The new French Cabinet had its first full meeting on Monday (10 June), shortly after the nation had heard the news that the only dedicated reformist minister, M.
The new French Cabinet had its first full meeting on Monday (10 June), shortly after the nation had heard the news that the only dedicated reformist minister, M. Jean-Jacques Servan-Schreiber, had been sacked for opposing the recently announced continuation of French nuclear tests in the pacific.
On Sunday afternoon, M. Servan-Schreiber, who leads the left-of-centre Reform Party, had spoken in his constituency of Nancy, against President Giscard D'Estaing's decision to resume nuclear testing in the Pacific. He accused Military officials of arranging the tests before consulting the Government.
M. Servan-Schreiber told his audience "In the name of France, bombs are going to explode in the skies of Polynesia. This is something I spoke out against with all my strength last year. I disapprove of it with the same conviction".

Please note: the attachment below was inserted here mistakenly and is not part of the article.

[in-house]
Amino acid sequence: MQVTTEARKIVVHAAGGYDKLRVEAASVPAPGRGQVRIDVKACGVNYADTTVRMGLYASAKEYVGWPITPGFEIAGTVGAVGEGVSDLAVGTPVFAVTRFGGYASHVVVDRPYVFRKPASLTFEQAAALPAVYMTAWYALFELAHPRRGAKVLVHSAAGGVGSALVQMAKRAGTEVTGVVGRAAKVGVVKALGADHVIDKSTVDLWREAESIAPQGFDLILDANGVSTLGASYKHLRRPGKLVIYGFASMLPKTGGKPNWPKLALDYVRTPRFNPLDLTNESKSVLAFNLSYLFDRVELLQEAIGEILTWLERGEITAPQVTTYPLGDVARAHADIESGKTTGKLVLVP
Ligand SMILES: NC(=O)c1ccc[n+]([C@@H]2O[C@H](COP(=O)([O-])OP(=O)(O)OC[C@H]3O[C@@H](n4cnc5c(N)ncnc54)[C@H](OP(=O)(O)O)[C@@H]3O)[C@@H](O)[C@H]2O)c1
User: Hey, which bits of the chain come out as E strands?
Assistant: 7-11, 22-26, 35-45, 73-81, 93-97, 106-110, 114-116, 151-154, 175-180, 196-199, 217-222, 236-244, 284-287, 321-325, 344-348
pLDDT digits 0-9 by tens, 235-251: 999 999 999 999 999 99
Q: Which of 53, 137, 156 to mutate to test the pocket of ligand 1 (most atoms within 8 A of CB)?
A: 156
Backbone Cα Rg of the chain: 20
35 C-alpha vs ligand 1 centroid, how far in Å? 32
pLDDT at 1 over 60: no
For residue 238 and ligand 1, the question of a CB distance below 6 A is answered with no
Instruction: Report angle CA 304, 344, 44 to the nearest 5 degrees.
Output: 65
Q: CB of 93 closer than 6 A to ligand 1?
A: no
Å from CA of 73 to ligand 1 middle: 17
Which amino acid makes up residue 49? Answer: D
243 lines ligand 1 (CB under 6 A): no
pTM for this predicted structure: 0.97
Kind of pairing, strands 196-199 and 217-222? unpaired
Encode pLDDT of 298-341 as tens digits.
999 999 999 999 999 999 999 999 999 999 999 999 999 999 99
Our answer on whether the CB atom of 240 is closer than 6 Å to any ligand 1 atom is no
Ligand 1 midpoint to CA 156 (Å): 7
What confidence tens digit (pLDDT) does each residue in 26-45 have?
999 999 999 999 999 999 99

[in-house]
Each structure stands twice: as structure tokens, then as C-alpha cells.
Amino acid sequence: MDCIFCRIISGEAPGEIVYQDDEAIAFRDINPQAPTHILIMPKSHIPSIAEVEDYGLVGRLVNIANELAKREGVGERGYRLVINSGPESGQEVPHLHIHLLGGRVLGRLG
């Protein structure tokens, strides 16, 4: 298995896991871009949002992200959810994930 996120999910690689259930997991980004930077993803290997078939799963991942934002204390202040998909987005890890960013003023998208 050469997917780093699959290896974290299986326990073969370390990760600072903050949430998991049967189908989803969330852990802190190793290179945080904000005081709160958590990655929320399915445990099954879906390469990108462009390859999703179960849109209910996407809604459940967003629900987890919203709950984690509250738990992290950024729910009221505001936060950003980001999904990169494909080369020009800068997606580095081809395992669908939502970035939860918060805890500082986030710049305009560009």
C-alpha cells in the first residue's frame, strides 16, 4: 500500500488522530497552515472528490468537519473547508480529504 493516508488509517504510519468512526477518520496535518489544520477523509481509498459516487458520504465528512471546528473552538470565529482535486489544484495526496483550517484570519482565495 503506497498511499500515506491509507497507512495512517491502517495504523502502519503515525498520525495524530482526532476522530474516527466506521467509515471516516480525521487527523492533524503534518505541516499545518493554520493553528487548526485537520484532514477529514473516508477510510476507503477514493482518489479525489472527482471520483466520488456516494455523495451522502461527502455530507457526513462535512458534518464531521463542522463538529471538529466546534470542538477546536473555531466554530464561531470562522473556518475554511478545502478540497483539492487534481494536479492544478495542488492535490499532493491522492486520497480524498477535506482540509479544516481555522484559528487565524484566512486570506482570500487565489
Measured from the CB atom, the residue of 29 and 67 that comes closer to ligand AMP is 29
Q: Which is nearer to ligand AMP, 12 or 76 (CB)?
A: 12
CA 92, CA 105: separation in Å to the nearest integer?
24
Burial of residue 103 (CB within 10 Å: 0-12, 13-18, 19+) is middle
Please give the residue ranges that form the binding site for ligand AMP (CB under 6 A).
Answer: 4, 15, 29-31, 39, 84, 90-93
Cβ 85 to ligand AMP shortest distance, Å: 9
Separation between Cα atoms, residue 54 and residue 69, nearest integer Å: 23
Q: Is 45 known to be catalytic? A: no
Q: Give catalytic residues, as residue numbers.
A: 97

Within houres President D'Estaing had called Prime Minister Jacques Chirac to the Elysee Palace. When the Prime Minister came out of the meeting, he announced that M. Servan-Schreiber had been sacked from his post as Minister for Reforms.
The row is seen as a formidable test of President D'Estaing's attempt to create a more liberal-minded, progressive image for his Government. Other Ministers have been given a clear warning that controversy within the ranks is hardly more acceptable to the new President than it was to his predecessors.